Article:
21 Jun 2022

Doctrinal Truth: Grace is Greater than Sin (A Note on Fellowship from the Psalms)

Author: Bobby Valentine | Filed under: A Gathered People, Alexander Campbell, Church, Forgiveness, Grace, Hebrew Bible, Martin Luther, Precision Obedience, Psalms, Restoration History, Sectarianism, Unity
“But where sin increased, grace increased all the more …” (Romans 5)

Reading and Praying the Psalms lectio continua will change your world. Not magically, not overnight. But daily reading and praying through the Psalter as a discipline beginning to end every month, in order, does things to us. Five Psalms a day, everyday, every month. Let me share one example.

Celebrating grace is not endorsing, much less condoning, error. On the contrary, celebrating grace is holy acknowledgment of the doctrinal truth that grace is greater than our error (or sin).

Some do not believe, it seems, this truth.

So I was reading in God’s word and I have, once again, been struck by two significant facts that seemingly smack us, or at least me, up side the head.

First Truth

Give praise to the Lord, proclaim his name;
make known among the nations what he has done.
Sing to him, sing praise to him;
tell of all his wonderful acts …
Remember the wonders he has done,
his miracles, and the judgments he pronounced
…” (105.1-3, 5)

Give thanks to the Lord, for he is good;
his steadfast love endures forever …
Let them give thanks to the Lord for his steadfast love
and his wonderful deeds for mankind …
Let the one who is wise heed these things
and ponder the steadfast love of the Lord
.” (107.1, 8, 43, Hesed dominates Psalm 107)

First Truth comes from two lengthy Psalms that close Book IV and begin Book V, these are Psalms 105 and Psalms 107. In these Psalms, God’s People are led by the Holy Spirit to confess and sing with unabashed abandon the truth that Yahweh is incredibly, unbelievably, amazingly, long-suffering, gracious, and merciful. Repeated oral reading of these Psalms will carve Hesed rivers into our communal consciousness. Often, when the Bible speaks of the uniqueness of God it does squarely in terms of Hesed and grace (we Gentiles miss this many times).

Who is a God LIKE YOU?

The prophet places the question squarely in the context of the character of the God of Israel,

who is a God like you,
and passing over transgression …
because he delights in showing mercy …
you will cast all our sins into the depths of the sea”
(Micah 7.18-19).

Many Christians certainly believe in God. But it is not merely the existence of God that Micah is concerned with. Rather it is the character of God. What kind of God do we worship?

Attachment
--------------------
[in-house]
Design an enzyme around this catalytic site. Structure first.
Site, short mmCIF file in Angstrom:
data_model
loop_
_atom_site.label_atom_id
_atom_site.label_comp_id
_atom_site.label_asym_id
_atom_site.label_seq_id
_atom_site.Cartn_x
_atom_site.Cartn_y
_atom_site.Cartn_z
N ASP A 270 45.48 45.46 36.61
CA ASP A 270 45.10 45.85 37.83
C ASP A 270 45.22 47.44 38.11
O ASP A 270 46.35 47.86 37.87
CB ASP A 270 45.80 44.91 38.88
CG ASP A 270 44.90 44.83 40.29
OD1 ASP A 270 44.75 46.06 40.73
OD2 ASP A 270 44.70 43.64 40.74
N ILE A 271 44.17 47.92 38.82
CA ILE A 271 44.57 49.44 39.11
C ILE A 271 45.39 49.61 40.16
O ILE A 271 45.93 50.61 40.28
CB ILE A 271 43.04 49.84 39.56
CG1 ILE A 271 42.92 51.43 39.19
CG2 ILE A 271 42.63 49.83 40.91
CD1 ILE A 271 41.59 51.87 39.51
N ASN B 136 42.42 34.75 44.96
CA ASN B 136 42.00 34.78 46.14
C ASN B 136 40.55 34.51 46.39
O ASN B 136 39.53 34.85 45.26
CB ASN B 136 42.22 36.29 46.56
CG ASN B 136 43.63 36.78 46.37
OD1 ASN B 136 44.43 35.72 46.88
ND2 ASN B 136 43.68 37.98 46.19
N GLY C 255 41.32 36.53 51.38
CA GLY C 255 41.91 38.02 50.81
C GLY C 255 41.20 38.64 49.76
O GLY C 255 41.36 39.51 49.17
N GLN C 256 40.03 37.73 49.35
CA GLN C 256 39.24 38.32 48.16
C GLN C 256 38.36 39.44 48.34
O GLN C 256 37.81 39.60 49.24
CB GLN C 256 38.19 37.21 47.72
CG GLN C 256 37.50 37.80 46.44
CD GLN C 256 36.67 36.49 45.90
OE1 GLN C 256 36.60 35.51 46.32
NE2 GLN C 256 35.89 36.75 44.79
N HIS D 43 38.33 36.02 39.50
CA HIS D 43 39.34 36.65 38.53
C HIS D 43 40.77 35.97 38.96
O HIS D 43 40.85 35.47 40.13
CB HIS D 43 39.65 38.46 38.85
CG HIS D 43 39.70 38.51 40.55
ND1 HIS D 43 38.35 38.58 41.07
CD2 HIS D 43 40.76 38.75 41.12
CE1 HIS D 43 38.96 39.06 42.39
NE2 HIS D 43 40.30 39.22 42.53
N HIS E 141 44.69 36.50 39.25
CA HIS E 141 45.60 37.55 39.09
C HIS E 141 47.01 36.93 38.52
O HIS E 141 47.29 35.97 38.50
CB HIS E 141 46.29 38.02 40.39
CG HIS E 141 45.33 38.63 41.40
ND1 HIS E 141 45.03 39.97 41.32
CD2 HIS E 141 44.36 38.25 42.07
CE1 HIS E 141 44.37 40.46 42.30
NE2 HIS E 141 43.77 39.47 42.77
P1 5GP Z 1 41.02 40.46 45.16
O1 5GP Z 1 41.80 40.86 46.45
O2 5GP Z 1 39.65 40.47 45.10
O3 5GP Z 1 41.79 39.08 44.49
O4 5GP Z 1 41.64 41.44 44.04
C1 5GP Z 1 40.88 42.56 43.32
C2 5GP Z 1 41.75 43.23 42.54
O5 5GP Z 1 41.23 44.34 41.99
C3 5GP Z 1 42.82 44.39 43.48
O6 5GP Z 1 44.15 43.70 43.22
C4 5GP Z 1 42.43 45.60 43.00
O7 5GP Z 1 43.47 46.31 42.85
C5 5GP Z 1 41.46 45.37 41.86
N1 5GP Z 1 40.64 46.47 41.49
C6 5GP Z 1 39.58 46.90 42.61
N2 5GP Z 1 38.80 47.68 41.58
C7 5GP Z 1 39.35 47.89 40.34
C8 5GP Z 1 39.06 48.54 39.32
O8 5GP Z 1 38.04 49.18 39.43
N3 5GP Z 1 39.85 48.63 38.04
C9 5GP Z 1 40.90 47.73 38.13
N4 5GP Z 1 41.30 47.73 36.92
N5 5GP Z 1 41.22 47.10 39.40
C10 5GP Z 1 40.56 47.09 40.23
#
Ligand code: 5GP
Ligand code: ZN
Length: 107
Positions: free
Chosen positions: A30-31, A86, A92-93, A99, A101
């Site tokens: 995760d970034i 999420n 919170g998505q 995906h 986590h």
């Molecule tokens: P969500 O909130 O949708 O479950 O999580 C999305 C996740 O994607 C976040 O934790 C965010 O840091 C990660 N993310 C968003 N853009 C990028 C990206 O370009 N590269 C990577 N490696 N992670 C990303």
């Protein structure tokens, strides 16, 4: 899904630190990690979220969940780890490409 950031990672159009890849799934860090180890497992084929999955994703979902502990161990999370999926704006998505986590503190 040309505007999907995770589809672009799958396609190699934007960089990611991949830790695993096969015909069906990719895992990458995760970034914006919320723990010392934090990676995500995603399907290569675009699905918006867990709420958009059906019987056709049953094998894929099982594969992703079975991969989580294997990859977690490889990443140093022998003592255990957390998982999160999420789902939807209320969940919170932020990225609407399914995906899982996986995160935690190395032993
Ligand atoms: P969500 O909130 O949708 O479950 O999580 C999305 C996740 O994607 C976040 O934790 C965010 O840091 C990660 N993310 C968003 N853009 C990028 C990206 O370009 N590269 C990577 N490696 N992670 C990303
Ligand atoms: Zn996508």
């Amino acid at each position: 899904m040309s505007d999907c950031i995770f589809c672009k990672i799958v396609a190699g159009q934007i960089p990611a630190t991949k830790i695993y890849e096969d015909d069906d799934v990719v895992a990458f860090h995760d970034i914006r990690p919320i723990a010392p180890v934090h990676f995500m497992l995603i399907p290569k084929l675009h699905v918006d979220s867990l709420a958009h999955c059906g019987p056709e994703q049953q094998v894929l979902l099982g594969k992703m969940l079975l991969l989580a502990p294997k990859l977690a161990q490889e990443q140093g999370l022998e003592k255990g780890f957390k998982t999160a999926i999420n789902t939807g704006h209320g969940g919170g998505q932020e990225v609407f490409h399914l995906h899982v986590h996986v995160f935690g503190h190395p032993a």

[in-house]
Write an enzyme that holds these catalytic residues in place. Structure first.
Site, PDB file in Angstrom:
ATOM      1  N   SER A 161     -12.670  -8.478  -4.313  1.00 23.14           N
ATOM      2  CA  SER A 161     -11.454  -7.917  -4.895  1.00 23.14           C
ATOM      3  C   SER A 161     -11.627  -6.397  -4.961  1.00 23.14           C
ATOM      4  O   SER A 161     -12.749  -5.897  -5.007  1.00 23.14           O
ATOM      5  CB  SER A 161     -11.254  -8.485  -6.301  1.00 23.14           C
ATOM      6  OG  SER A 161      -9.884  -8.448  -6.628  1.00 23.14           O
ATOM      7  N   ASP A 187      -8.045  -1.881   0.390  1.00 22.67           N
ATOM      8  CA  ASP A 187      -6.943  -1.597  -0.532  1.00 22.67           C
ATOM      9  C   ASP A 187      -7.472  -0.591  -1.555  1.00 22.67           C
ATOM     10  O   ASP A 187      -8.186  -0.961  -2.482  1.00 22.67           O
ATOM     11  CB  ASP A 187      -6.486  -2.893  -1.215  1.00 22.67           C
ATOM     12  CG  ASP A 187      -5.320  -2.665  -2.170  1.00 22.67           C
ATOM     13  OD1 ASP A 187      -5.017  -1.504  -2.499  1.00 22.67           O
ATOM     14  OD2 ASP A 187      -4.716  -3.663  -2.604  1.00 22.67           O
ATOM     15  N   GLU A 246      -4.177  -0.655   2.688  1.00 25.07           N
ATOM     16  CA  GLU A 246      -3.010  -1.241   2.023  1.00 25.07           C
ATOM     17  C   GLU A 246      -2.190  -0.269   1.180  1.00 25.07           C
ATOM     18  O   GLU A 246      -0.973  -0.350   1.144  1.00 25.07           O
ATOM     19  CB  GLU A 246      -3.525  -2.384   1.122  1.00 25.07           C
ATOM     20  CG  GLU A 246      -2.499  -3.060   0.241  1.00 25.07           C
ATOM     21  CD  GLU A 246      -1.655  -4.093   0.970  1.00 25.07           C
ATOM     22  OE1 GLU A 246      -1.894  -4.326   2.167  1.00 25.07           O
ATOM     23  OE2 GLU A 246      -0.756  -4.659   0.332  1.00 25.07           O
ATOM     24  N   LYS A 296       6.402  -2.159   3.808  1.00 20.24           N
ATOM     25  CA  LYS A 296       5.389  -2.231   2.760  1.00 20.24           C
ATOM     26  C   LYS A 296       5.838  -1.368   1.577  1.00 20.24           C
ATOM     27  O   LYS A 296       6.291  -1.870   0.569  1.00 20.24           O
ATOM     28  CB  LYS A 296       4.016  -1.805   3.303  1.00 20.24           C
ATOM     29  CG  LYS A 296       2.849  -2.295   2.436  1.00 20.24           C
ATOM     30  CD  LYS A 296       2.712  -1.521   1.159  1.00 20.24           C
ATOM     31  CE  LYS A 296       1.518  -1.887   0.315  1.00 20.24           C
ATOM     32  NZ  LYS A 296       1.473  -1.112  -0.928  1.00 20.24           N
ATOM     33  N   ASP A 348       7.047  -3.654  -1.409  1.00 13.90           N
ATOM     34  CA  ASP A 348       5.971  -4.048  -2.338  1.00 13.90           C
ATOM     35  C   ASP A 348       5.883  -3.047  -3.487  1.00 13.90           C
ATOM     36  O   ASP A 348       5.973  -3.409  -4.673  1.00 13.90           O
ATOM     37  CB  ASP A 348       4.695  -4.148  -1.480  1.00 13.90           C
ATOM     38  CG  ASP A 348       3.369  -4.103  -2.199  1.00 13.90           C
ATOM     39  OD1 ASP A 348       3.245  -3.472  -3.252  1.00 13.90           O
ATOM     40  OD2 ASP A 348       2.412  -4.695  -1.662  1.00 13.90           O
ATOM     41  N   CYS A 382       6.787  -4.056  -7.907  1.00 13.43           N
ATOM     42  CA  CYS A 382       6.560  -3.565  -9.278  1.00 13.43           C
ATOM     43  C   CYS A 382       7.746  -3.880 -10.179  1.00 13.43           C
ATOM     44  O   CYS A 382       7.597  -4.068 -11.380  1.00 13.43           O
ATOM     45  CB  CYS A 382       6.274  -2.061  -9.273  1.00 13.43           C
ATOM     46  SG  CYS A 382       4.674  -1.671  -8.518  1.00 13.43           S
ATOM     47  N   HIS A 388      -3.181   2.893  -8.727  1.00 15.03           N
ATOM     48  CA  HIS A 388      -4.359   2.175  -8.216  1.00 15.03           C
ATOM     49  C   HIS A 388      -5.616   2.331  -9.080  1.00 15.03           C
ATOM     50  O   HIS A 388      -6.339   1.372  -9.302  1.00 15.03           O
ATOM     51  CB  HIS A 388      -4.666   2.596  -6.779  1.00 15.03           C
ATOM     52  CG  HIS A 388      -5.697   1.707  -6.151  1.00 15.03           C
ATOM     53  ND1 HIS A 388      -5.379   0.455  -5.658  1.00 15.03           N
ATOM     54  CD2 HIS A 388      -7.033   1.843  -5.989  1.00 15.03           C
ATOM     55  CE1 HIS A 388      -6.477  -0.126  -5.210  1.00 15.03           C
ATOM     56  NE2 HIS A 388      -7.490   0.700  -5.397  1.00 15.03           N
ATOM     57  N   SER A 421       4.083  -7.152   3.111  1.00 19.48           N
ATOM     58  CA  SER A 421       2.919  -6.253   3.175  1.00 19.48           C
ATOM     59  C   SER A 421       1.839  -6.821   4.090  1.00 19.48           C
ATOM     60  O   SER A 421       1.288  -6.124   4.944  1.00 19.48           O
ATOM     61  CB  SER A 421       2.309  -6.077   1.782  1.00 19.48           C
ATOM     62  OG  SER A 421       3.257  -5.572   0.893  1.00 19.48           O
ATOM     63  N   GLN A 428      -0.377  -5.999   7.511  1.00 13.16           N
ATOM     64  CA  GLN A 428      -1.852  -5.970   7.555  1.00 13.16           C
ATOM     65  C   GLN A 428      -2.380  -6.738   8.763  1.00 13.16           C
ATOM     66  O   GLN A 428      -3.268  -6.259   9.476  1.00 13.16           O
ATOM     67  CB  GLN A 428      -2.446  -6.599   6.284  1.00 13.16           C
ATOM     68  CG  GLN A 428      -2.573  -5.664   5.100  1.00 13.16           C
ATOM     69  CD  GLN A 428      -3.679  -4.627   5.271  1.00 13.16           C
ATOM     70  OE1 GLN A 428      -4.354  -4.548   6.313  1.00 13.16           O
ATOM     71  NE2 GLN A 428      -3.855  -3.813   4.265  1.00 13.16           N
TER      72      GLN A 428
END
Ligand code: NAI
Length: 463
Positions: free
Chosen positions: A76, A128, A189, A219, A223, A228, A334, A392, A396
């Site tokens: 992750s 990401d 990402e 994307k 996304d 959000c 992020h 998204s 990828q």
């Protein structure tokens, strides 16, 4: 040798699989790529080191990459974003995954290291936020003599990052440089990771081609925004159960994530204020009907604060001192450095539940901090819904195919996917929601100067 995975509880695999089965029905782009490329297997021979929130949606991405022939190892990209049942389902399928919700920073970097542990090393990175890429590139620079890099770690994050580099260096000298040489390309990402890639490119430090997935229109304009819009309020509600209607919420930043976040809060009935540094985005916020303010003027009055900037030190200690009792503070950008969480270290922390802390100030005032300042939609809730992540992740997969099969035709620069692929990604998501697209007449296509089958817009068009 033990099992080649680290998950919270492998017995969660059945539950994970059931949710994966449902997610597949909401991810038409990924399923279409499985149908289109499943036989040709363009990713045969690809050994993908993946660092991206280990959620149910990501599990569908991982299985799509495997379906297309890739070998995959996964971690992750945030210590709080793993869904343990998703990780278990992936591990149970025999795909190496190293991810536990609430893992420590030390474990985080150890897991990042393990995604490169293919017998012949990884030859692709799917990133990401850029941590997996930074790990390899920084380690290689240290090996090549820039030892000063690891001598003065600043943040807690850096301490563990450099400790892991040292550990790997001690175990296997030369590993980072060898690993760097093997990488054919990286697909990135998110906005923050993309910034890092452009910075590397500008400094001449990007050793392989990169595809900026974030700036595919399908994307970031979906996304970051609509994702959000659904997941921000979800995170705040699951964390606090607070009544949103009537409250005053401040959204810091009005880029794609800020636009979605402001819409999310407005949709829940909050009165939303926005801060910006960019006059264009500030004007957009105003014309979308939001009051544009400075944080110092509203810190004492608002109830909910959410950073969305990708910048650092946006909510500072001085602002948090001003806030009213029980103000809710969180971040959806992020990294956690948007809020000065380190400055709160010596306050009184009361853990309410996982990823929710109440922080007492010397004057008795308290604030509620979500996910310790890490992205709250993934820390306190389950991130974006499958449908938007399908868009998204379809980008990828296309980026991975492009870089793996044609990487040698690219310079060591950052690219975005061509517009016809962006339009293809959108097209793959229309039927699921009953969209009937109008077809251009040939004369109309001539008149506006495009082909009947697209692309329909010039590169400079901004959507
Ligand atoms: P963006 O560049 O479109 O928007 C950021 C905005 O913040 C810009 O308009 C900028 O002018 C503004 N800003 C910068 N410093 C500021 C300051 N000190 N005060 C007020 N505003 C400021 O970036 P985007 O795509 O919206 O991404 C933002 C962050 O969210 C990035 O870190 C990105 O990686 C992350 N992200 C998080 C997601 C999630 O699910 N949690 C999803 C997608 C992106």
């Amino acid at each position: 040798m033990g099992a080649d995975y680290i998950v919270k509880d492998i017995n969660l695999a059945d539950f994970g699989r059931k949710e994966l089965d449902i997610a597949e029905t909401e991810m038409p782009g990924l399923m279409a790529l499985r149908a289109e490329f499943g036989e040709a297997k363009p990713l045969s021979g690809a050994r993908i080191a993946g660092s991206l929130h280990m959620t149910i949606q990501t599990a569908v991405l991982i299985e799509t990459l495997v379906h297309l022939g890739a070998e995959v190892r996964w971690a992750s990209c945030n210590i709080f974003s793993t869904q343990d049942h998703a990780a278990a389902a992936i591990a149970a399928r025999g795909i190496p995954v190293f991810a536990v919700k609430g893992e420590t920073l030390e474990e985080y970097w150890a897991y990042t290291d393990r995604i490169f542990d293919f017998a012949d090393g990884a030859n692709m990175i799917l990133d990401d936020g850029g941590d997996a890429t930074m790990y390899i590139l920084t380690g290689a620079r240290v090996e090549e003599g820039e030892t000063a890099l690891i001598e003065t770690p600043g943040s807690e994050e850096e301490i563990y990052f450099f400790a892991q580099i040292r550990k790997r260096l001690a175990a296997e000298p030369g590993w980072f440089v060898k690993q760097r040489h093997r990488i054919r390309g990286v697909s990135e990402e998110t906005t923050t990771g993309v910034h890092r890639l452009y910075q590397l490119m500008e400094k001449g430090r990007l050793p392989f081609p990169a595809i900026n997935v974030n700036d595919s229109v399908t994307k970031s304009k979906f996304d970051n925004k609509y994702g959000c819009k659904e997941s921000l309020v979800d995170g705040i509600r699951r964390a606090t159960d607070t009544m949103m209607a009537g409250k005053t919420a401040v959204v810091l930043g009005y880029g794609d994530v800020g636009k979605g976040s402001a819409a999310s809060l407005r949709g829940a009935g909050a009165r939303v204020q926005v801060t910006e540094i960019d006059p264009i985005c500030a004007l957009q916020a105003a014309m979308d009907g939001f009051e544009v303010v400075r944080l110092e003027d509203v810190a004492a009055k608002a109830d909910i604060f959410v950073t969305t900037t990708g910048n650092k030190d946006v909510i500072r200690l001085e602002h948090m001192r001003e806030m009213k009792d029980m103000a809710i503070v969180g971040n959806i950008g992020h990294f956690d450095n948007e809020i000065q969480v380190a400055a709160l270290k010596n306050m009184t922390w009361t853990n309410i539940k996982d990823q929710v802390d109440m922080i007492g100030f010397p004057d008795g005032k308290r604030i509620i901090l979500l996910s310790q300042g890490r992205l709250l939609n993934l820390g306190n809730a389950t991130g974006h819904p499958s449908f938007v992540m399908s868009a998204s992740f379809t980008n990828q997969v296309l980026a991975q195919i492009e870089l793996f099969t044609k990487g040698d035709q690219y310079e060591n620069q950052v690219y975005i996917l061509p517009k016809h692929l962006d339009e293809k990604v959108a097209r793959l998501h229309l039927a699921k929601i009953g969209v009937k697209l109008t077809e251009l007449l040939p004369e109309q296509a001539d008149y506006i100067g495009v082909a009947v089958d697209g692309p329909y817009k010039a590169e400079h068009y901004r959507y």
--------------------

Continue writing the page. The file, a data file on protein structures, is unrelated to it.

Second Truth

Second Truth comes from Psalm 106. It is equally significant that the editors of the Psalter framed Psalm 106 with Psalm 105 before and Psalm 107 following it. It is only after celebrating the infinite Hesed of Yahweh in Psalm 105 that we encounter the darkness of Psalm 106. And immediately following encounter the blazing brightness of Hesed, a greatness that is only magnified by the stark black contrast of Psalm 106 with 105 and 107.

In Psalm 106, we confess with all God’s People we are the polar opposite of Yahweh. We and our ancestors are incredibly rebellious, we are blind, we are disobedient, we are selfish, we are greedy, we are self-righteous. Our story can reach incredible depths of ugliness. It is hard to conceive of a lower point than in parts of the book of Judges. It is painful, I confess, to read Judges 17-19. Yet we are driven to confess that this is our story.

Shocking Truth

Just as Psalm 105 and 107 are even brighter in contrast with Psalm 106; so the opposite is true. Psalm 106 is even sadder in the light of glory of Hesed that surrounds it in Psalm 105 and Psalm 107. This is by design dear reader.

Here is the shocking truth of Hesed from these Psalms. Though full of sin and abounding in apostasy they remain God’s People.


Because of the First Truth!


Because of the First Truth!

Surely if that which was written before was for our learning, and is good for doctrine, and equips the people of God for every good work (2 Timothy 3.14-17), then we can learn something about the way God relates to his people. In fact it is in precisely a context of telling largely Gentile disciples of Jesus that the scripture was written for our learning. Learning how to graciously treat one another (cf. Romans 15.4).